When personality psychology, the study of how people differ from one another, and positive psychology, the study of good experiences like happiness, are combined, we can discover how people differ in what makes them happy and in how they attempt to reach happiness.
The Four Tendencies
The Happiness Project author and PT blogger Gretchen Rubin spent years wondering which personality traits underlie variations in how people find happiness. Her research led her to the conclusion that people’s emphasis on meeting both inner and exterior expectations is the best way to account for their successes and failures in reaching happiness. Outer expectations are what other people anticipate of us, while inner expectations are our own particular standards and ideals.
Some people seek to live according to strong, unwavering inner expectations, while others lack a distinct inner compass. While some people are either unaware of or uninterested with outward expectations, others are watchful about what others expect from them and endeavor to adapt to those expectations.
People can be divided into four personality types known as The Four Tendencies by Rubin because reactivity to inner and exterior expectations are two distinct elements of personality.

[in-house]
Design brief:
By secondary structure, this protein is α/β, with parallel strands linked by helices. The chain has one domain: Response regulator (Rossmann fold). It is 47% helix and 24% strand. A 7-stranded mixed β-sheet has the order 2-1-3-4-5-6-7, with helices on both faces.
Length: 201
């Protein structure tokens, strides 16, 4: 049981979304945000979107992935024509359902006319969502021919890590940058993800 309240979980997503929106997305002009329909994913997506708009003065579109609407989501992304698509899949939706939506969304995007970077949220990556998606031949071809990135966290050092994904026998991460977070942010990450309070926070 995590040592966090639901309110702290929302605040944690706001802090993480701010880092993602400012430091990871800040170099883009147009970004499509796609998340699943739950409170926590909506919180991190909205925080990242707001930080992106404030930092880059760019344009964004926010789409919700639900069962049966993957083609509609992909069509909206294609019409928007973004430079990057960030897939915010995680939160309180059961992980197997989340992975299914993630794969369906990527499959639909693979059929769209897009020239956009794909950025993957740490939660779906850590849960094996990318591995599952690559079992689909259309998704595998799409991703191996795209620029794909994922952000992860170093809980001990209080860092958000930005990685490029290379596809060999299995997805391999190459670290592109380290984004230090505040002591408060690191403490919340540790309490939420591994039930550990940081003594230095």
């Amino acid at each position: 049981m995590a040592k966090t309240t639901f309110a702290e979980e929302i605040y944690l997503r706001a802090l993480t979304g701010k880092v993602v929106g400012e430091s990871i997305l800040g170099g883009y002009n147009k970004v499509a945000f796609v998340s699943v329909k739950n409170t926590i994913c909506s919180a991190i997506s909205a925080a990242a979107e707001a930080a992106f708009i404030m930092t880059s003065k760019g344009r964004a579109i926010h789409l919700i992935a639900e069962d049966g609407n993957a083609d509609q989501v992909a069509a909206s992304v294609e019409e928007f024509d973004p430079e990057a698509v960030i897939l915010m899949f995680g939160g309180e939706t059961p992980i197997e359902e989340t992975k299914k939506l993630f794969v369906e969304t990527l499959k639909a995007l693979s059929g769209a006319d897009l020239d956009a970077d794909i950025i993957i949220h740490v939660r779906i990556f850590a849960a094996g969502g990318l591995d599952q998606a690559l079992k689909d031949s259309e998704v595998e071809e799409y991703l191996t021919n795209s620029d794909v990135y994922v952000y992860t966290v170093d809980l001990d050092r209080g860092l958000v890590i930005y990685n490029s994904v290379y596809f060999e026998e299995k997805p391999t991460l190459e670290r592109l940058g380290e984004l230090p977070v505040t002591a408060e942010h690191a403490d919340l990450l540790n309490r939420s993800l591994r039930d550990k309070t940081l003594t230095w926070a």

She has written a book called The Four Tendencies and has provided an online quiz that you can take to determine which of the Four Tendencies best describes you: Upholder (responsive to both inner and outer expectations) Questioner (responsive only to inner expectations) Obliger (responsive only to outer expectations) or Rebel (resistant to both inner and outer expectations).
Does the Four Tendencies Framework Have a Scientific Basis?
Gretchen Rubin is a graduate of Yale Law School and a best-selling book author, but she lacks formal psychological training. Does science support The Four Tendencies? Professional psychologist and a blogger for Psychology Today, Scott Barry Kaufman, questioned the scientific basis for the Four Tendencies in a 2017 podcast with Rubin.
Kaufman pointed out that Rubin did not construct her Four Tendency quiz by the methods accepted by personality science and has not demonstrated the scientific reliability and validity of her quiz. (See my earlier PT blog posts to understand why reliability and validity are important).
He added that personality science has found that personality qualities, rather than personality types, are a superior way to explain personality. He came to the conclusion that while the Four Tendencies model has promise, personality science does not support it.
Rubin concurred with Kaufman that there is currently no scientific evidence to support her hypothesis, but she expressed the hope that scientists might use her exam to do research. She insisted that her observations of human nature are accurate, just as great writers have done so without doing formal scientific studies. She also noted that countless numbers of her followers have found the Four Tendencies framework to be useful for living happier lives.